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1997 Jeep TJ - Myer's Fire

Posted in Features on August 1, 2007 Comment (0)
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It all started for Bill Myer in the early '60s with dirt bikes. In those days, his passion was trail-riding on the Rubicon as well as throughout the Sierras and northern Nevada. Then the '70s rolled around and some good friends turned him on to Jeeps. Bill's first Jeep was a '46 flatfender built old-school that he used for hunting and family outings. With his daughter's marriage, the newest member of the family, son-in-law Tom Fay, brought the Myers even more into the world of Jeepin'. Tom is a third-generation native of South Lake Tahoe, and his first trip over the Rubicon Trail was when he was a mere 6 months old. Tom and his father have been working the Jeepers Jamboree Buck Island repair crew for over 22 years, so it was only natural for Tom and his father to invite Bill to the world-famous Jeepers Jamboree.

After attending his first Jeepers Jamboree, Bill was hooked. But after running the flatfender for so many years, Bill decided it was time to move on to a modern Jeep, a vehicle that would have more interior and storage room and one that could be customized with the newest automotive technologies on the market.

This Jeep TJ was built for maximum mobility, flex, and real-world use.

So, Bill bought a '97 Jeep TJ as his base for the project. He tells us the TJ is an evolving project, and if you haven't guessed by now, Bill is an old-school hot-rod nut just as much as he is a Jeep enthusiast. The old saying, There is no replacement for displacement, fits him well. Powering Bill's new TJ is a '97 Chevy LT1 Corvette powerplant. Tom Fay and a good family friend, Gregg Young, completed the engine buildup and performance modifications.

Transferring power to the axles is a 700R4 transmission fitted with a heavy-duty torque converter with a stall speed of 1,800. The transmission work and installation was completed by Extreme Gear Off Road in Orangevale, California. Helping with a major reduction in torque is a 3.0:1 Low-gear Atlas II transfer case from Advance Adapters.

Extreme Gear Off Road also performed the front and rear axle builds and installs. Scott at Extreme Gear built a high-pinion Tera 60 with an ARB locker for the rear. The front axle is a custom-built Dana 44 with reverse rotation and an ARB locker for traction. The front axle was also moved 2 inches forward for better stability on the trail.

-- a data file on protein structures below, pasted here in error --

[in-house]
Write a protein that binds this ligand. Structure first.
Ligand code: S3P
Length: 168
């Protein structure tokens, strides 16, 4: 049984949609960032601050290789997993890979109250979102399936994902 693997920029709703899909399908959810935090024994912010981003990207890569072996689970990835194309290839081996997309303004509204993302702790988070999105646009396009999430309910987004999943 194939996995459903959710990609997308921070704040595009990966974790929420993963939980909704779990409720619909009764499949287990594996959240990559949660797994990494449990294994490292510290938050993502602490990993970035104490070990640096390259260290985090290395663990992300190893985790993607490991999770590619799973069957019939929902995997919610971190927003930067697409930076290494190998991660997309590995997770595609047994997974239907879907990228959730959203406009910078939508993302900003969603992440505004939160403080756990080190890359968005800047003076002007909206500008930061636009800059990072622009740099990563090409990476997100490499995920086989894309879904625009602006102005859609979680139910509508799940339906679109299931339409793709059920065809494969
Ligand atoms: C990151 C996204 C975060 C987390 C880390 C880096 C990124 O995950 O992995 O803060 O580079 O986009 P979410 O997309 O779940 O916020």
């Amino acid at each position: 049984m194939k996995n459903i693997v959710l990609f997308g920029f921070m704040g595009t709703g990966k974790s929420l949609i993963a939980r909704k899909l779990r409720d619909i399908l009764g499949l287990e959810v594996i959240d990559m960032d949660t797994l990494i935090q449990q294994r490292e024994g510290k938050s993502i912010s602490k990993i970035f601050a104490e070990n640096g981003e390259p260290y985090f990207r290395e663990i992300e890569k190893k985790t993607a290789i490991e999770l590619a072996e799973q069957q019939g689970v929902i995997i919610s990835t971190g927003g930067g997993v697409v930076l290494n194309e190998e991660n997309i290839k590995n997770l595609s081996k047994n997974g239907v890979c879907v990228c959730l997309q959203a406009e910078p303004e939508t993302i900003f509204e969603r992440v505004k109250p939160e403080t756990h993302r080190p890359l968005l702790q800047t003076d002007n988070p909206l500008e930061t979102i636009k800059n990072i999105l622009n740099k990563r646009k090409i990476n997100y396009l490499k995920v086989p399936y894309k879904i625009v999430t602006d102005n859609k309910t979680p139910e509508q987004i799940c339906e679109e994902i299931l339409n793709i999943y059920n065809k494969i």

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The axles are connected to the Jeep by 12-inch Sway-A-Way coilovers in the front and Rubicon Express's very functional long-arm suspension system in both the front and rear. The TJ rolls around the trail on 15x10 Center Line Hellcats fitted with Champion beadlocks. Interco 38x15.50R15 TSL Radial Swampers complete the rolling stock.

The custom-fabricated full rollcage was also built by Extreme Gear and was powdercoated to match the finished rig. Poison Spyder front fenders were used to toughen the front of the TJ. The front fenders and tailgate were smoothed out and filled in for a clean hot-rod look - whether they stay that way or not is a different story. A pair of custom rear fenders was fabricated out of steel and installed. The final paint is Viper Red applied by Coach Craft in Lakeport, California.

Another custom modification on this rig is the hidden 20-gallon aluminum gas tank that is mounted flush with the frame for trail clearance. In order to make this work, a custom floorboard was fabricated along with a custom transmission cover. Then, the whole interior was sprayed with Rhino Lining. The bumpers are Currie Enterprises Rock Crawlers, with a Warn winch and PIAA lights mounted on the front.

Since this Wrangler is an ongoing project, it piques our curiosity to imagine what modifications will be made next. However, since Bill is as fastidious as the average hot-rod enthusiast and this TJ is already functionally built for extreme trail use, we expect this Jeep will see the paint shop more than the fabrication shop.

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